By Joori Roh
SEOUL (Reuters) – South Korea’s consumer inflation accelerated to a more than nine-year high in May, reinforcing calls for gradual monetary tightening, though the increase was mainly due to a low base effect and rises in oil and agricultural prices.
Consumer prices rose 2.6% in May from a year earlier, government data showed on Wednesday, logging the fastest growth since April 2012 and matching a median estimate for a 2.6% increase in a Reuters survey. It grew 2.3% in April.
In May 2020, South Korea fell into deflation as the coronavirus pandemic struck demand and supply chains.
The country’s finance minister said that the impact from the low base and temporary supply disruptions for some agricultural products and oil prices will ease going forward.
“The government will prepare against the inflation risk from materialising, prevent excessive inflation expectations and take measures to stabilise living costs,” Finance Minister Hong Nam-ki said.
Wednesday’s data showed the cost of agricultural, livestock and fisheries products and petroleum surged 12.1% and 23.3%, respectively.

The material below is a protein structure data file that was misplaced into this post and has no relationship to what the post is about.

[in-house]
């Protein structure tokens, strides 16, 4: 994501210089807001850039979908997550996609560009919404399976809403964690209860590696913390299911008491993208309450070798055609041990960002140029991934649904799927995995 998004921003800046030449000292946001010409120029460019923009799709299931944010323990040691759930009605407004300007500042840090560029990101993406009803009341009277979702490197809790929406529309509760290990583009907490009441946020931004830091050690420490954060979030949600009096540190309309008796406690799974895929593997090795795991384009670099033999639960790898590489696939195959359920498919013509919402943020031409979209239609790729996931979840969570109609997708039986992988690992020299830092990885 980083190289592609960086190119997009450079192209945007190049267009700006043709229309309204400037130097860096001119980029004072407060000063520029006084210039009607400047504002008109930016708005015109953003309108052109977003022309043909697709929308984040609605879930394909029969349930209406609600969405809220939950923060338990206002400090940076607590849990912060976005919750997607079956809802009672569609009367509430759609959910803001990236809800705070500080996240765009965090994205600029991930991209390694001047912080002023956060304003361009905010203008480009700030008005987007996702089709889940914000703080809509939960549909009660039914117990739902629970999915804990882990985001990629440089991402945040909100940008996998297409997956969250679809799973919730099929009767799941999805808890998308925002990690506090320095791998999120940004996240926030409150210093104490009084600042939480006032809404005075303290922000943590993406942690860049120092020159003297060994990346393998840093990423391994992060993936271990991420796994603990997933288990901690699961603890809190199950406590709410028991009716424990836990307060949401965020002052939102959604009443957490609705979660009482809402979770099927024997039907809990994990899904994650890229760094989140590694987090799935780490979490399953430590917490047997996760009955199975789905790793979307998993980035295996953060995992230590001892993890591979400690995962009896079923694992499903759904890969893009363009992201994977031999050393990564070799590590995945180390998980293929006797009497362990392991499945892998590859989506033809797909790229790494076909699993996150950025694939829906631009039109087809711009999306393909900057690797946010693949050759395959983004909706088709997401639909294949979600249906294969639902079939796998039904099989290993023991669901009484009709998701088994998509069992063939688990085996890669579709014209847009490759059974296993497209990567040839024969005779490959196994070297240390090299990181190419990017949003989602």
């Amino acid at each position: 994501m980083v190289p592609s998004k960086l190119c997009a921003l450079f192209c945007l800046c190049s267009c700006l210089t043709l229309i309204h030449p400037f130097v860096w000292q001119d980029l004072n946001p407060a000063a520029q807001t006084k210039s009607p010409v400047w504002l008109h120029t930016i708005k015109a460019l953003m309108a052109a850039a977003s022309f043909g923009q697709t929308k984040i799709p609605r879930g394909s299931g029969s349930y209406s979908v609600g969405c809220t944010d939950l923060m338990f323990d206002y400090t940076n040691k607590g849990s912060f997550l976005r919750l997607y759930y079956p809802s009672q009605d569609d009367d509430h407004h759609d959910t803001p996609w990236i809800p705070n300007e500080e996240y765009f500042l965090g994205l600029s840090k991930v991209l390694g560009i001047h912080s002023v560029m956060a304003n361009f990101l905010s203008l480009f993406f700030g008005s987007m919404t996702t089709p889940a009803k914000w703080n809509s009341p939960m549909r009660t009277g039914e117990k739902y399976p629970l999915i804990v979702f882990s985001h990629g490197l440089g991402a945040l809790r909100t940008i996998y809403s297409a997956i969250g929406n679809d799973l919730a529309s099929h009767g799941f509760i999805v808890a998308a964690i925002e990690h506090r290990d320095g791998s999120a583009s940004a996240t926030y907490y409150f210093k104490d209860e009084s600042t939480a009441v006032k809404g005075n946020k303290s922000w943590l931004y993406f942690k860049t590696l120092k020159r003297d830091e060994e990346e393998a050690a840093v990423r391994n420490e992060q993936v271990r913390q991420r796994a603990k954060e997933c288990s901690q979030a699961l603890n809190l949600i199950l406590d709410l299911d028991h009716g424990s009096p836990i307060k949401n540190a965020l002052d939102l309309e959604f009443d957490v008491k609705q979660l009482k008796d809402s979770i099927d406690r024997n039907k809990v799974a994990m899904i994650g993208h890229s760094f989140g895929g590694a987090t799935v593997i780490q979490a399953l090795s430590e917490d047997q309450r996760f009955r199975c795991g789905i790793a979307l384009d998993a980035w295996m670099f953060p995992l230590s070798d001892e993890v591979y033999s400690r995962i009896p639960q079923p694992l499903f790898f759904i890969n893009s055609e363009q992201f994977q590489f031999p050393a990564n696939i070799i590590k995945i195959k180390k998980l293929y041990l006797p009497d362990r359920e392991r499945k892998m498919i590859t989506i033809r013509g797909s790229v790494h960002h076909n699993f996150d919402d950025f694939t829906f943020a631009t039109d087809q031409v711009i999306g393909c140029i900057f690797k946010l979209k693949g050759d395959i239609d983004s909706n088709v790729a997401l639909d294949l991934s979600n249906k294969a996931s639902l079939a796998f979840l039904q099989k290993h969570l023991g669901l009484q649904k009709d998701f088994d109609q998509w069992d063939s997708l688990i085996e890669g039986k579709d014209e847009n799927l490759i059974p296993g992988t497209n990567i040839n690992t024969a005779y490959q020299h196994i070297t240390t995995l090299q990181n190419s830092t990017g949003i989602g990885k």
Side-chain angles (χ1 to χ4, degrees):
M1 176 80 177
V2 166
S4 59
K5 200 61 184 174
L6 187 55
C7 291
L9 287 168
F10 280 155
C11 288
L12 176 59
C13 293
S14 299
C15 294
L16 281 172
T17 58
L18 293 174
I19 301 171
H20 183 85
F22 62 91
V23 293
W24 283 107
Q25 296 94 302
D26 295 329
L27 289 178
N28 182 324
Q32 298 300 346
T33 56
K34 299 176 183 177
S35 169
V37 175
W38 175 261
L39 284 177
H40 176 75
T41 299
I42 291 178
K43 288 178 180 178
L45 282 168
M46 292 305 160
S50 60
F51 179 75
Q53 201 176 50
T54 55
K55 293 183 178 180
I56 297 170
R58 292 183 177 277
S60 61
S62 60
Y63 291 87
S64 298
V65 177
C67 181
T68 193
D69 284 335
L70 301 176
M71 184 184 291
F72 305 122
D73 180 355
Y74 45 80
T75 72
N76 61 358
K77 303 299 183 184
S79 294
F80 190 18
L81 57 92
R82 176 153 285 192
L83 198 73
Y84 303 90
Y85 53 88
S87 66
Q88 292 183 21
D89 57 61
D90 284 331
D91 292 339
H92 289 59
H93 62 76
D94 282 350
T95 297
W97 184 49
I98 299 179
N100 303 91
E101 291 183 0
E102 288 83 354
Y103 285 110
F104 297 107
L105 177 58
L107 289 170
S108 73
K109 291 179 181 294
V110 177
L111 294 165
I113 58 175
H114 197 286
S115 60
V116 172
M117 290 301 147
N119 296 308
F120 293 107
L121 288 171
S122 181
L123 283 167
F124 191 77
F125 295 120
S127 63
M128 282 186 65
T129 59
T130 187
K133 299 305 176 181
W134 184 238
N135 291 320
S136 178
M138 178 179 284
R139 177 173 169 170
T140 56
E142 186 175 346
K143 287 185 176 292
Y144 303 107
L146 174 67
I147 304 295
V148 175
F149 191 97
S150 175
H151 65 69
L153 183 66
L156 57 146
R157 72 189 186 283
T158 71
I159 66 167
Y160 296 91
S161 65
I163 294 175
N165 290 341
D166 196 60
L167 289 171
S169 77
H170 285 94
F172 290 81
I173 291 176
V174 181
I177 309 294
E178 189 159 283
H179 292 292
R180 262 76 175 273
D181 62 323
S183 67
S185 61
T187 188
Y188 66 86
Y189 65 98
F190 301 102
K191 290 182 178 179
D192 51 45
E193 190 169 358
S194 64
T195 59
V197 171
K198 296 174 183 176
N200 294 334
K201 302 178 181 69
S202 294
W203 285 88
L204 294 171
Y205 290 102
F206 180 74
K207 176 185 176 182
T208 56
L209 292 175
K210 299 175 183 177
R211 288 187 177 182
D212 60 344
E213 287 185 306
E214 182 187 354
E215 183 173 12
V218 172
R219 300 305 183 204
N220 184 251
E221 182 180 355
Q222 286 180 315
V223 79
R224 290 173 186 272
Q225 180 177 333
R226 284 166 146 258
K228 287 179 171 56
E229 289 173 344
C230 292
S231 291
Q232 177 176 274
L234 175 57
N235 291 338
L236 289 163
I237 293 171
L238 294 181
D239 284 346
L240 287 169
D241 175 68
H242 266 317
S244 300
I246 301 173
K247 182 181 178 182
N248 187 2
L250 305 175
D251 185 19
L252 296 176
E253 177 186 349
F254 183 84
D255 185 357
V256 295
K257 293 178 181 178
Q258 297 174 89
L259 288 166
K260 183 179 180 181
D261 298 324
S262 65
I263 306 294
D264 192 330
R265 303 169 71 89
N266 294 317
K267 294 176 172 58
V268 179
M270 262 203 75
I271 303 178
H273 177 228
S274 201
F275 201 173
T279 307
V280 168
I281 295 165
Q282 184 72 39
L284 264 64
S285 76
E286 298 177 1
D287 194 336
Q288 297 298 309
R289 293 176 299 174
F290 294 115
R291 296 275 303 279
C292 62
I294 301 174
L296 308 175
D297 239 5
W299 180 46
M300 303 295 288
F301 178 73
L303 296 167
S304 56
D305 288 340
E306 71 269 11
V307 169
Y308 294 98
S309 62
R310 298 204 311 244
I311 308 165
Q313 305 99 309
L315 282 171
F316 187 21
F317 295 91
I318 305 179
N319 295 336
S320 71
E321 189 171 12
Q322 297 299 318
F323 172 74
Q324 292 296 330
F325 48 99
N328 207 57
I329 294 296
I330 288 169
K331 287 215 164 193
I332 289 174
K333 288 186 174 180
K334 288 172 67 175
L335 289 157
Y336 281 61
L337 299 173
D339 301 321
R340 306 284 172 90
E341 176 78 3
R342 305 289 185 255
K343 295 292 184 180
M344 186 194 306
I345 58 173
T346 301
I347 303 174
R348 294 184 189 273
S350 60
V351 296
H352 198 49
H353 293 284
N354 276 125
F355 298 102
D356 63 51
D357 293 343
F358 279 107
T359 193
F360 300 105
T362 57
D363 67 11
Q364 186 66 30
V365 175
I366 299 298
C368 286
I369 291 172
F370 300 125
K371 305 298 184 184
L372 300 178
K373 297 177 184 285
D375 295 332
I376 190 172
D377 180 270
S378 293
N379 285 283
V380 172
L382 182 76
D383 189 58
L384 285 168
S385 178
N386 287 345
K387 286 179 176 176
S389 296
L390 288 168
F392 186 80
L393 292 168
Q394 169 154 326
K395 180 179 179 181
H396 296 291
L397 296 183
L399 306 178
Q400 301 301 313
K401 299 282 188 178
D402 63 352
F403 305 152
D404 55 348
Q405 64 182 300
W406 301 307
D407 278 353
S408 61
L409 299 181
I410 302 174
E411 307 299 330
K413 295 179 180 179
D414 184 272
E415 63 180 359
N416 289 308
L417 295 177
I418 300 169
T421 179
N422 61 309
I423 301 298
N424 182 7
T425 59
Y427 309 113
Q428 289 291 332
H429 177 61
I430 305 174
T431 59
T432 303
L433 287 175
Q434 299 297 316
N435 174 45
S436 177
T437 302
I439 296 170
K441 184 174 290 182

Core CPI, which excluded volatile energy and food prices, came at 1.2% year-on-year, posting the sharpest increase since November 2018.
Month-on-month inflation was 0.1%, slower than a 0.2% increase in April.
Last week, the central bank kept its base rate at a record low of 0.50%, but upgraded its economic outlook and projected high consumer inflation.
The bank’s governor said it is preparing to pull back on the extraordinary stimulus extended during the pandemic in the face of accelerating inflation and a build-up of dangerous imbalances.
“Although the central bank’s policy messaging has turned more hawkish recently, clear signs that COVID-19-related risks are fading are likely to be a prerequisite for policy tightening,” ANZ Research said in a note.
“Our base case is for the Bank of Korea to kick-off policy normalisation in the first quarter of 2022 … we acknowledge that a faster-than-anticipated pace of vaccination could pave the way for the first rate hike to come as soon as the fourth quarter of 2021.”
The BOK currently sees inflation standing at 1.8% for the whole of 2021 and 1.4% for 2022.
(Reporting by Joori Roh; Editing by Chris Reese and Sam Holmes)